Pilot the Perfect Landing Page
A well planned and designed landing page can greatly increase conversions in a marketing campaign. The emphasis here is on the word campaign (also conversion but we’ll come back to that). Landing pages, lead capture pages or even ‘landers’ should be built for the purpose of a specific campaign, they’re usually not navigable from your main site and act as a floating page, either on the same domain or one of their own.
Your landing pages will usually only receive traffic from marketing activities, including PPC, social (organic and paid) email but also on-pack promotions and traditional ads such as outdoor, tv and radio.
The creation of a landing page allows a brand to be single-minded with their message, highlight a product or service and most of all contain a huge call to action specific to the topic.
The purpose of a landing page will usually fall into one of these three categories:
- Capturing leads that enable you to market to people in the future – you can obtain this information through campaign promotions such as voucher codes, freebies and competitions as well as games and exclusive content such as reports and white-papers
- ‘Warming up’ potential customers and clients to new deals – the introduction of a new service or product or to simply showcase a very specific area of your offering to a refined target audience. You may also capture leads on this page to send information once they’re ready to buy further down the conversion funnel
- Sales – Your main call to action may well be to simply ‘sign up’ (you may want to offer a free week or month trial depending on your service), or to book a demo, receive a call or visit or for a free, no obligation consultation
Basecamp’s landing page above shows a clear call to action and provides the user with an alternative login in method.
Your landing page should be clean and clear in terms of its design. It should be statement and image-led without huge reams of copy.
You want to remove as many stumbling blocks as possible to allow the user to convert. With a lead-gen campaign, it can be pretty tempting to include as many input cells as possible to gain rich information on your potential customer but keep your ask of the user to the minimum.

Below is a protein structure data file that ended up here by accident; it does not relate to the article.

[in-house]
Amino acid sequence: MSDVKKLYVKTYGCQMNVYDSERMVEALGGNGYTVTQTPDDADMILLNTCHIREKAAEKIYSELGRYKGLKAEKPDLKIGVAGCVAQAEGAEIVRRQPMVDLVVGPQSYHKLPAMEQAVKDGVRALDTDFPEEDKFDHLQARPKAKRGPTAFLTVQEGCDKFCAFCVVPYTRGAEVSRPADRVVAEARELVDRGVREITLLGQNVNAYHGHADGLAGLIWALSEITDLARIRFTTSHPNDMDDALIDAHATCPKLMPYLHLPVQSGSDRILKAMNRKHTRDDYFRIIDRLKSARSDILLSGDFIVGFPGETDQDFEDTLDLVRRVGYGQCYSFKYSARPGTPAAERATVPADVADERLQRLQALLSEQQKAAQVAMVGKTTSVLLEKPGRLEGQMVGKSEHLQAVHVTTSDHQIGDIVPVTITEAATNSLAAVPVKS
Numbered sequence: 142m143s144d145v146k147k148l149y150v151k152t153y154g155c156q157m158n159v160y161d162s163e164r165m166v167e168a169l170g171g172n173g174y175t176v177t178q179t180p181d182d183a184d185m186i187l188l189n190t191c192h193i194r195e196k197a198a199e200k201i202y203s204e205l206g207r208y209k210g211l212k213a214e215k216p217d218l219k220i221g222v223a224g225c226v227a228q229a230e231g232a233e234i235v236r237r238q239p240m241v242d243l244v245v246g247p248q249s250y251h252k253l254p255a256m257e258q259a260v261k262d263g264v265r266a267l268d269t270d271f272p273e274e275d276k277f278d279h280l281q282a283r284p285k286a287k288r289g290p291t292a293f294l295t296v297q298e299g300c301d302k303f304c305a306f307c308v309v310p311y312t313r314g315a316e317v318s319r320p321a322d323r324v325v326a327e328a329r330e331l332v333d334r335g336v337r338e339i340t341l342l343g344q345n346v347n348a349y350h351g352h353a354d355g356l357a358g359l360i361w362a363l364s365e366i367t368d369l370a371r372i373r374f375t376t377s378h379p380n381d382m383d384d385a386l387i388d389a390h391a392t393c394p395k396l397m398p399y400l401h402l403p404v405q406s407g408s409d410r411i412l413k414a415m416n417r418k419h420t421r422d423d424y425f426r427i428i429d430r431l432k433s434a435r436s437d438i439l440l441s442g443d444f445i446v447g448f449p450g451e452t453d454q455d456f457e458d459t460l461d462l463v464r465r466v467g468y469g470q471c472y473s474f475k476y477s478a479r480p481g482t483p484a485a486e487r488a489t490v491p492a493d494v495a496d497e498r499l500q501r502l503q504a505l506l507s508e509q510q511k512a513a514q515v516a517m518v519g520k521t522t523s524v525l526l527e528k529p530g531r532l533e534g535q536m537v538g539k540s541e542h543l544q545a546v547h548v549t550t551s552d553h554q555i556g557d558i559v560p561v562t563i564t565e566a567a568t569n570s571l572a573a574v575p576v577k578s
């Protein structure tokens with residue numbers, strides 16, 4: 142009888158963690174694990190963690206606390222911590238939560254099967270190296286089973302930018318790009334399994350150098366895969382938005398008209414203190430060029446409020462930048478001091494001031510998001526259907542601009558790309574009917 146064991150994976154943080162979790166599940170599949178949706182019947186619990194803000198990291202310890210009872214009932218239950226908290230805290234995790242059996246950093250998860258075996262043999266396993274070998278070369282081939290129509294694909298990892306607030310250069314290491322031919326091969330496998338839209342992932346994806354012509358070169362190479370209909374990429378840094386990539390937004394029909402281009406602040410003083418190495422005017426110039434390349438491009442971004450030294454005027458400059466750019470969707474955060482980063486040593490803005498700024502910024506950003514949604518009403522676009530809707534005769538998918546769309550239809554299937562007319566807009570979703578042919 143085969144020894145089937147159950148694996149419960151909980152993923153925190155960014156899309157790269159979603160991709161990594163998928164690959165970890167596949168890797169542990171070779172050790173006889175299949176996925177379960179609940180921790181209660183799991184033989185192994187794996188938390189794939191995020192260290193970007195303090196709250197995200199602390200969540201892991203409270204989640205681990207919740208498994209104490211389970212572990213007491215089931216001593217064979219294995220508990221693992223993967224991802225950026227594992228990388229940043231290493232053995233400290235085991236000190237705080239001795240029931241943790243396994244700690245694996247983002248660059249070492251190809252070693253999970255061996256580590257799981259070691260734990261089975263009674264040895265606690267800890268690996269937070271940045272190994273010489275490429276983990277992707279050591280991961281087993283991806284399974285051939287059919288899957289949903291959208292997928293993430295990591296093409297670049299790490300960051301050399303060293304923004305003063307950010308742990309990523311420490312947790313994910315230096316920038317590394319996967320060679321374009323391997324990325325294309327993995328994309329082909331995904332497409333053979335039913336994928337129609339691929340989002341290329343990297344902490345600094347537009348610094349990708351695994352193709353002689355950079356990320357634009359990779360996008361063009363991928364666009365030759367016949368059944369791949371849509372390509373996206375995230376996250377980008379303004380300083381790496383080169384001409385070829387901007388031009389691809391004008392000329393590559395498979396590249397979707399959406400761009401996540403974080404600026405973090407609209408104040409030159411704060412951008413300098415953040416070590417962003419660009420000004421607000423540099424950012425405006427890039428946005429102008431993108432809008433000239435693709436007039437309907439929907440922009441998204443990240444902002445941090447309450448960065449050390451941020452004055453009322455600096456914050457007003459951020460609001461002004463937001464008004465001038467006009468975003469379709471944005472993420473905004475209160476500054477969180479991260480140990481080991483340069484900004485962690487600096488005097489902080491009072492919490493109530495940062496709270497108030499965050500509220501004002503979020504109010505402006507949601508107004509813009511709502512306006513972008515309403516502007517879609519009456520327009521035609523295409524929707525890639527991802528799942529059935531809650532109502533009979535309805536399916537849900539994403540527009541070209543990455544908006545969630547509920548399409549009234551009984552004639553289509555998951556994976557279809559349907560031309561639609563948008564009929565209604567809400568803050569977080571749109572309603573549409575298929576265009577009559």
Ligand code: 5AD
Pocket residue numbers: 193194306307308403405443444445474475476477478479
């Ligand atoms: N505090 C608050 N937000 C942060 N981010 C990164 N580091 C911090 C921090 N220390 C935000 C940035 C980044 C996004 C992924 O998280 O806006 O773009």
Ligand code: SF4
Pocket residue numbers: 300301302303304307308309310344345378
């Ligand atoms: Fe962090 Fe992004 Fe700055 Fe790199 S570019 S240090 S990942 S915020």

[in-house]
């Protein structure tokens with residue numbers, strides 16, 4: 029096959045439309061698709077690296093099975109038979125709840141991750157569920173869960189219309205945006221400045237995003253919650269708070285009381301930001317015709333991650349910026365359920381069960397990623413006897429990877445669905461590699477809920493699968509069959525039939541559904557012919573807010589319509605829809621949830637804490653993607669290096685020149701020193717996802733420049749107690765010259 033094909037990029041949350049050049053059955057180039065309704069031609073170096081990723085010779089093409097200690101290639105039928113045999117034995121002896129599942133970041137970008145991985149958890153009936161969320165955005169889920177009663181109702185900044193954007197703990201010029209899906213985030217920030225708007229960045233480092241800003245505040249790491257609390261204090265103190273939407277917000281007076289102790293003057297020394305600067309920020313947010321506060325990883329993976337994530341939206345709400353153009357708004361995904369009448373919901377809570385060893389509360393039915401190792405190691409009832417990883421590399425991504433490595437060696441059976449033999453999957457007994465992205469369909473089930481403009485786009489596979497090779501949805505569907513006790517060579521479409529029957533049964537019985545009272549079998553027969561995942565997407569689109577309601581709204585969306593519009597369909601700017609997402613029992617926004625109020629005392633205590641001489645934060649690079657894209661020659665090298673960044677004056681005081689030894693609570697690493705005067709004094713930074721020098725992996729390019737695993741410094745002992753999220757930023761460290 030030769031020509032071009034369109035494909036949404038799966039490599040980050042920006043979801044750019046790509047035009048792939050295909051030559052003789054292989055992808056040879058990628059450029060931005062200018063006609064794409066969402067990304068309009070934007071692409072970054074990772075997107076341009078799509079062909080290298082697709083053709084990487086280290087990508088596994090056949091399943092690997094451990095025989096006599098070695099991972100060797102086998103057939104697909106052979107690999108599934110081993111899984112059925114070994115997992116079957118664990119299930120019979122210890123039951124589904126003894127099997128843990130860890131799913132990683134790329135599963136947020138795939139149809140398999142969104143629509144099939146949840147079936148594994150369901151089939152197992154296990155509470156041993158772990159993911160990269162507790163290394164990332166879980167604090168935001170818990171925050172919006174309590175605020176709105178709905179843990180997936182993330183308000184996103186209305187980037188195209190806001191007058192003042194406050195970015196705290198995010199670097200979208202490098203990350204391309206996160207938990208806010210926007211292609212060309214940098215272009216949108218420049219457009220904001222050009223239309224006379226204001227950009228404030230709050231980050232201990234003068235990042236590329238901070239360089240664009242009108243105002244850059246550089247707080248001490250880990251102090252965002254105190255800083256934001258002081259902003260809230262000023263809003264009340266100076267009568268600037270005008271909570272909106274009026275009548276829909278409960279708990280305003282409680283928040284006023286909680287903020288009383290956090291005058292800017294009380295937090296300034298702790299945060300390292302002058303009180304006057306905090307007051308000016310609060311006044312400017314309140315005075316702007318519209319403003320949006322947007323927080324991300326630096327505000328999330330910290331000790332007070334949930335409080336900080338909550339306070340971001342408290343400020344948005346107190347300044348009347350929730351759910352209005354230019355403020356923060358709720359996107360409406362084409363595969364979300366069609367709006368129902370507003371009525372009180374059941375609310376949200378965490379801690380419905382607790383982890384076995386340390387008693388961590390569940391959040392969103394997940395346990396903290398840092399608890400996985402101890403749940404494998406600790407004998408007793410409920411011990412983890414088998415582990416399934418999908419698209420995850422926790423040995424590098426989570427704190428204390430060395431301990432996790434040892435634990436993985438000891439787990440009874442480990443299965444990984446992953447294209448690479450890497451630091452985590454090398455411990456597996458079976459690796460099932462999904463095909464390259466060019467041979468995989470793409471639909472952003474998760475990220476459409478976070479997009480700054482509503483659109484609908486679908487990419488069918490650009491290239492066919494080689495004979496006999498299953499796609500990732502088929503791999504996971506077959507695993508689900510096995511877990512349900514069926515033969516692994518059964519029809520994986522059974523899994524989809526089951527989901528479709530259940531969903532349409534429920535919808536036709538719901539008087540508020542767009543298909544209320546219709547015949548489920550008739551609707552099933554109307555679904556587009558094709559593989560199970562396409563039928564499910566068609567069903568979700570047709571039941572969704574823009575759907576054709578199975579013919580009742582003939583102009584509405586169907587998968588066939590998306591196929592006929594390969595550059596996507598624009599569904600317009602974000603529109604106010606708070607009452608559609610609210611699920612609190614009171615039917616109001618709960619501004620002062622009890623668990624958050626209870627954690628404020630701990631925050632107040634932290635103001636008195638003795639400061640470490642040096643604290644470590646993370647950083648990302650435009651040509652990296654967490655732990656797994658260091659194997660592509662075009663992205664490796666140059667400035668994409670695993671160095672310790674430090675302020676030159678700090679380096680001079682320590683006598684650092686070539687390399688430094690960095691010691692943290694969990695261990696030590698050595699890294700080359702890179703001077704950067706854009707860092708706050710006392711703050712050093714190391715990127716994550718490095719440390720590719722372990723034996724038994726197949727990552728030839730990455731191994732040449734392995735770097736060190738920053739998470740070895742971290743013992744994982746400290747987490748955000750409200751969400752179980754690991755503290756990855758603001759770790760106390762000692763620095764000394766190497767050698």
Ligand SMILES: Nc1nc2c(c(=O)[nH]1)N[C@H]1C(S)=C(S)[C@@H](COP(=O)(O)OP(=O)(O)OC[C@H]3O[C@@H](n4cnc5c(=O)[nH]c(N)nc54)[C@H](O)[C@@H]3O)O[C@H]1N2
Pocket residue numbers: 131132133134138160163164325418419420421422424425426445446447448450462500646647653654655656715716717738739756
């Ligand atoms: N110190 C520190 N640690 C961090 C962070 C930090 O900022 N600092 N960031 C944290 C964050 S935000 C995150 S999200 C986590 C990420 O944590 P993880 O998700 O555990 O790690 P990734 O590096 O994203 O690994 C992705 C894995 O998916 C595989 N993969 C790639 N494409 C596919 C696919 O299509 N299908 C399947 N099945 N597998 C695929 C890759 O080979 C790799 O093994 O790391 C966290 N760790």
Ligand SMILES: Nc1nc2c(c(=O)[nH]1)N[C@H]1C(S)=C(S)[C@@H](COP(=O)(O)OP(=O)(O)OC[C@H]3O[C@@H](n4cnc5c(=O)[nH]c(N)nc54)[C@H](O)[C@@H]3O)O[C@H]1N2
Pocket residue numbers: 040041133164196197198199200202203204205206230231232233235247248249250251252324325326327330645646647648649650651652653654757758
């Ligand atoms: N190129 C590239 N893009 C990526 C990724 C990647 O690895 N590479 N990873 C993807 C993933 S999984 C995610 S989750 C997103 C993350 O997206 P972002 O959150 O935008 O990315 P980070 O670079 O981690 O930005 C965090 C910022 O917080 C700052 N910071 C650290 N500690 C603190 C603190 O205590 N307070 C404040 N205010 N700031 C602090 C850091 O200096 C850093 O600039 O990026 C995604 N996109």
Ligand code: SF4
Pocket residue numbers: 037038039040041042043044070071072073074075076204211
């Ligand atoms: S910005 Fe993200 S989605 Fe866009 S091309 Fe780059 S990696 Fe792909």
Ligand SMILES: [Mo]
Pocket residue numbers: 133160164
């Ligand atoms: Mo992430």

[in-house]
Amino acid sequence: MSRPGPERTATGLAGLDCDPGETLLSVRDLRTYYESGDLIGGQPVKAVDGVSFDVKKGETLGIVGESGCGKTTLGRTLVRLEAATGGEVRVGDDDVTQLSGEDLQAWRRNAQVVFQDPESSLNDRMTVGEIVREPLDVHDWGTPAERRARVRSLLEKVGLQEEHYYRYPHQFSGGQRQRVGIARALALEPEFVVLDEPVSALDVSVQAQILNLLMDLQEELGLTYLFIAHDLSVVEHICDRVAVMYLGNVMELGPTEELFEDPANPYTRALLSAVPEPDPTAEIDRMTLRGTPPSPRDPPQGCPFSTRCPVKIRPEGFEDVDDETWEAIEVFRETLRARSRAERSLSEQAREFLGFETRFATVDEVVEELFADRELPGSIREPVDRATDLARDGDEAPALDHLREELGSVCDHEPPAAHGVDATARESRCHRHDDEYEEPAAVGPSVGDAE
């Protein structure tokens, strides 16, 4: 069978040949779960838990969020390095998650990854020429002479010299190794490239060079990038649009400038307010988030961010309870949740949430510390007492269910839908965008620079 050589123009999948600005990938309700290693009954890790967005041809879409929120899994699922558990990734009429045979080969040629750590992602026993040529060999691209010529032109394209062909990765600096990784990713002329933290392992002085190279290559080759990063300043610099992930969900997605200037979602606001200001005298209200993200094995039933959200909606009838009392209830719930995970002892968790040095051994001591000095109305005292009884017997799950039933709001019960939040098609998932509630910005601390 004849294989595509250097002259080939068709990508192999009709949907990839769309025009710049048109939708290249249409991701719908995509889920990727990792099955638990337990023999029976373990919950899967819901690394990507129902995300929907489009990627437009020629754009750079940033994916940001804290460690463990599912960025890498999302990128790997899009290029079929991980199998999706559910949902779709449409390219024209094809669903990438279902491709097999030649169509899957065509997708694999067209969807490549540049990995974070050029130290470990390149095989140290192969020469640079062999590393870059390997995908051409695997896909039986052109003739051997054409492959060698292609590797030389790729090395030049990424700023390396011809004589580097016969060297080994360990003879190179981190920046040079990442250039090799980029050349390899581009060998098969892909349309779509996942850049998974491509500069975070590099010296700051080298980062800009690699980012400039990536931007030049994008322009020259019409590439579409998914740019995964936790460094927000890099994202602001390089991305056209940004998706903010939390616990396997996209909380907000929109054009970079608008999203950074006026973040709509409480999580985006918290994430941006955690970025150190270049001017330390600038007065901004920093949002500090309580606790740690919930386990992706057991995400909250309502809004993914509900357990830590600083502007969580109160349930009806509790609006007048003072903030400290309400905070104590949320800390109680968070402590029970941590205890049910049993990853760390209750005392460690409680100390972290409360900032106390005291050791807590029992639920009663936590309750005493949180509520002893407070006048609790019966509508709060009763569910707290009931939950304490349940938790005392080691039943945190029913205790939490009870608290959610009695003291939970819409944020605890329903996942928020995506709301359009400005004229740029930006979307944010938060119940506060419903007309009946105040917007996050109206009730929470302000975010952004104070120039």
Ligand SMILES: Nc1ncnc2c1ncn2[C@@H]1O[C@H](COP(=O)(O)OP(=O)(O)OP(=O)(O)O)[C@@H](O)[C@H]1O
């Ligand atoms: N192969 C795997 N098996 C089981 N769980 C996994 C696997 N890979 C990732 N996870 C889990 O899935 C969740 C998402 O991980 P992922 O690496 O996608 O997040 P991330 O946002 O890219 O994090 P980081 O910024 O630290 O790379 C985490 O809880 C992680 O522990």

Shopify’s free trial landing page reminds the user of the offer and brings a very clear call to action at the top and centre of its clean and clear design.
Offer an alternative for signing up, you could use social media such as Facebook or Twitter which may pre-fill some of the data cells for the user’s ease. In terms of usability, the page doesn’t just want to be user-friendly, it needs to be a joy to use, if you do insist on making the user scroll to get to your call to action make sure the page moves smoothly and fluidly, you may even want to add in some moving elements or animations as the user scrolls
Last but not least make sure your landing page is optimised for mobile! If you’re using social media or PPC to bring your visitors to your page they are more than likely already using a mobile or tablet device.
Since your landing page is part of a marketing campaign that has one clear aim, your messaging and imagery should reflect this. As landing pages are digital, the use of digital marketing allows for ease of tracking ROI as you can analyse where users have come from and what platforms are performing best for you.
PPC and social media ads also allow you to A/B test and refine your campaign in real-time, allowing you to test different imagery, copy and calls to action on your ads. There are some powerful targeting tools when using social media. LinkedIn ads, for example, offer a huge range targeting capabilities from industry, company name and even job title. Targeting to this degree may decrease the number of users to your site but it will increase their relevance and consequently their value. Within the B2B sphere, this allows you to create social media calls to action that address the pain points of your target audience.
Reporting on the effectiveness of a landing page should really come down to these simple KPIs:
- Number of sessions on-site
- Unique users
- Time on site
- Conversion rate
- Total conversions
- Total conversion value
The last point will allow you to create a figure for your ROI: simply subtract your activation and media spend from your total conversion value. If you’re offering a demo, a call or a free trial, your ROI may not be instant so it’s best to create ongoing reports on long-lead landing pages.
If you’re considering a landing page for your next campaign and have any questions on its aim, design or activation, please get in touch.